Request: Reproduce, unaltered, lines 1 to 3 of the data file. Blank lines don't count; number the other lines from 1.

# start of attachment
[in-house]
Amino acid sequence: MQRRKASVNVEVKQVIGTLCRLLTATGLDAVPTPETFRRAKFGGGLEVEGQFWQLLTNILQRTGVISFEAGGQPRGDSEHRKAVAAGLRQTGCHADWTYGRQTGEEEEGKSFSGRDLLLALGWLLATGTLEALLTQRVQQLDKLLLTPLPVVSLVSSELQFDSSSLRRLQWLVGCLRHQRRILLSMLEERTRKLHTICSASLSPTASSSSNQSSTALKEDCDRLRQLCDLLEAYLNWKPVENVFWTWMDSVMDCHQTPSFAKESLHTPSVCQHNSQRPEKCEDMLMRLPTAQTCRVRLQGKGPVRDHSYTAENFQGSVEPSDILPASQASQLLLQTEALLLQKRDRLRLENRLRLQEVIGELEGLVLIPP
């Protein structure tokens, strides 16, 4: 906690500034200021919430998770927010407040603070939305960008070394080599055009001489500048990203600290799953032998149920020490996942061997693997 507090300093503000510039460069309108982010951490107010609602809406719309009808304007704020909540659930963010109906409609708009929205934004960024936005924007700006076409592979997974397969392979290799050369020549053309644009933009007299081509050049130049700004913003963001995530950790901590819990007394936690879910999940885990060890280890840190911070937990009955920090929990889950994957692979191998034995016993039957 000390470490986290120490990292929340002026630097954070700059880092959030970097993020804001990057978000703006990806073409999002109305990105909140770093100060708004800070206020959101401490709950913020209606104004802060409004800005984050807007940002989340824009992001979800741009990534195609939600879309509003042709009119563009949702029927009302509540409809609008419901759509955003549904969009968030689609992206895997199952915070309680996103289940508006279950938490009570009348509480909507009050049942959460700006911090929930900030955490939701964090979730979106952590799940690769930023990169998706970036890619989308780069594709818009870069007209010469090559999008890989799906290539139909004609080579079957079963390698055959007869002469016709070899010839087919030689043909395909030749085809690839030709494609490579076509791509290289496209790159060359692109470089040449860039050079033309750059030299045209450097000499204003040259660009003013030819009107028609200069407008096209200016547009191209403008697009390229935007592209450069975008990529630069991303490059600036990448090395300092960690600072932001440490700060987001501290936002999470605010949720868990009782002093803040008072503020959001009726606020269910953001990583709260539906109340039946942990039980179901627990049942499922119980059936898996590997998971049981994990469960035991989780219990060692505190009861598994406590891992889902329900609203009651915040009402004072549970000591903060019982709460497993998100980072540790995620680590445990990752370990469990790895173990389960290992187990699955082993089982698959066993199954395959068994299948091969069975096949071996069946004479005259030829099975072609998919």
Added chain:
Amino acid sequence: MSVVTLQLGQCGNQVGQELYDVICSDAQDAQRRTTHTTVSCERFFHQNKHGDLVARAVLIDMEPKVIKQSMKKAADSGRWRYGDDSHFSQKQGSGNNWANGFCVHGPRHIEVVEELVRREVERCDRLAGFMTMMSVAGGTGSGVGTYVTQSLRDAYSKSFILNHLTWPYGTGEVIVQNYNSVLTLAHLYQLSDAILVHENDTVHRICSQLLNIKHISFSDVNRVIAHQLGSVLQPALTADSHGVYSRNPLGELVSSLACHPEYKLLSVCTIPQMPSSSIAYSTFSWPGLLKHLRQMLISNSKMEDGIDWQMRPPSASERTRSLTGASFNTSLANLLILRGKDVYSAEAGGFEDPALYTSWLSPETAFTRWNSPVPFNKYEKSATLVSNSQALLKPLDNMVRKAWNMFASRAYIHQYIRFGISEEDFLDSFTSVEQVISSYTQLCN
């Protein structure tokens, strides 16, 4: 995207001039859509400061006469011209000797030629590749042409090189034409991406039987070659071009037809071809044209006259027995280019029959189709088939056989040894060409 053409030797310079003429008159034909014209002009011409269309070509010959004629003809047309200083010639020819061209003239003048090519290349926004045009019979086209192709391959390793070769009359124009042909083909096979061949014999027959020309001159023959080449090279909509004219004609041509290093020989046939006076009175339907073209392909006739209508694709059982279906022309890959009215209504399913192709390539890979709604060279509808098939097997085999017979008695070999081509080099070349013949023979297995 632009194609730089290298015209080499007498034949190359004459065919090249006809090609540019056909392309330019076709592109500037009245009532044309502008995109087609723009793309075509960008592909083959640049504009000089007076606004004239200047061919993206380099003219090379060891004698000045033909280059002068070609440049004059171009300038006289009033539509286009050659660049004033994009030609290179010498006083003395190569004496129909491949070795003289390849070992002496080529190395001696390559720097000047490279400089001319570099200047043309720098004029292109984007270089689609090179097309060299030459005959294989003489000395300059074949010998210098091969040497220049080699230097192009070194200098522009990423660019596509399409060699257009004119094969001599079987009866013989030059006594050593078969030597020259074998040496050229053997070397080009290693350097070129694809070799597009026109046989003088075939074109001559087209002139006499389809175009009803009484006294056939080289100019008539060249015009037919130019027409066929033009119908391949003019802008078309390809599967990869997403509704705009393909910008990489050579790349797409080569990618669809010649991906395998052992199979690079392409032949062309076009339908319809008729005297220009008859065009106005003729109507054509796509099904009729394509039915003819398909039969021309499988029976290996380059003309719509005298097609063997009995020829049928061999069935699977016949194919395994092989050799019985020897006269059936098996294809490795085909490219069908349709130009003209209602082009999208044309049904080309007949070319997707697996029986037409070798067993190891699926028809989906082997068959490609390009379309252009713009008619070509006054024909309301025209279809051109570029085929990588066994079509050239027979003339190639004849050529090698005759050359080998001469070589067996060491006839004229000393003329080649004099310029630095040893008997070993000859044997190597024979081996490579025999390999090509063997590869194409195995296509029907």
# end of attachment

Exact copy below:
[in-house]
Amino acid sequence: MQRRKASVNVEVKQVIGTLCRLLTATGLDAVPTPETFRRAKFGGGLEVEGQFWQLLTNILQRTGVISFEAGGQPRGDSEHRKAVAAGLRQTGCHADWTYGRQTGEEEEGKSFSGRDLLLALGWLLATGTLEALLTQRVQQLDKLLLTPLPVVSLVSSELQFDSSSLRRLQWLVGCLRHQRRILLSMLEERTRKLHTICSASLSPTASSSSNQSSTALKEDCDRLRQLCDLLEAYLNWKPVENVFWTWMDSVMDCHQTPSFAKESLHTPSVCQHNSQRPEKCEDMLMRLPTAQTCRVRLQGKGPVRDHSYTAENFQGSVEPSDILPASQASQLLLQTEALLLQKRDRLRLENRLRLQEVIGELEGLVLIPP
């Protein structure tokens, strides 16, 4: 906690500034200021919430998770927010407040603070939305960008070394080599055009001489500048990203600290799953032998149920020490996942061997693997 507090300093503000510039460069309108982010951490107010609602809406719309009808304007704020909540659930963010109906409609708009929205934004960024936005924007700006076409592979997974397969392979290799050369020549053309644009933009007299081509050049130049700004913003963001995530950790901590819990007394936690879910999940885990060890280890840190911070937990009955920090929990889950994957692979191998034995016993039957 000390470490986290120490990292929340002026630097954070700059880092959030970097993020804001990057978000703006990806073409999002109305990105909140770093100060708004800070206020959101401490709950913020209606104004802060409004800005984050807007940002989340824009992001979800741009990534195609939600879309509003042709009119563009949702029927009302509540409809609008419901759509955003549904969009968030689609992206895997199952915070309680996103289940508006279950938490009570009348509480909507009050049942959460700006911090929930900030955490939701964090979730979106952590799940690769930023990169998706970036890619989308780069594709818009870069007209010469090559999008890989799906290539139909004609080579079957079963390698055959007869002469016709070899010839087919030689043909395909030749085809690839030709494609490579076509791509290289496209790159060359692109470089040449860039050079033309750059030299045209450097000499204003040259660009003013030819009107028609200069407008096209200016547009191209403008697009390229935007592209450069975008990529630069991303490059600036990448090395300092960690600072932001440490700060987001501290936002999470605010949720868990009782002093803040008072503020959001009726606020269910953001990583709260539906109340039946942990039980179901627990049942499922119980059936898996590997998971049981994990469960035991989780219990060692505190009861598994406590891992889902329900609203009651915040009402004072549970000591903060019982709460497993998100980072540790995620680590445990990752370990469990790895173990389960290992187990699955082993089982698959066993199954395959068994299948091969069975096949071996069946004479005259030829099975072609998919």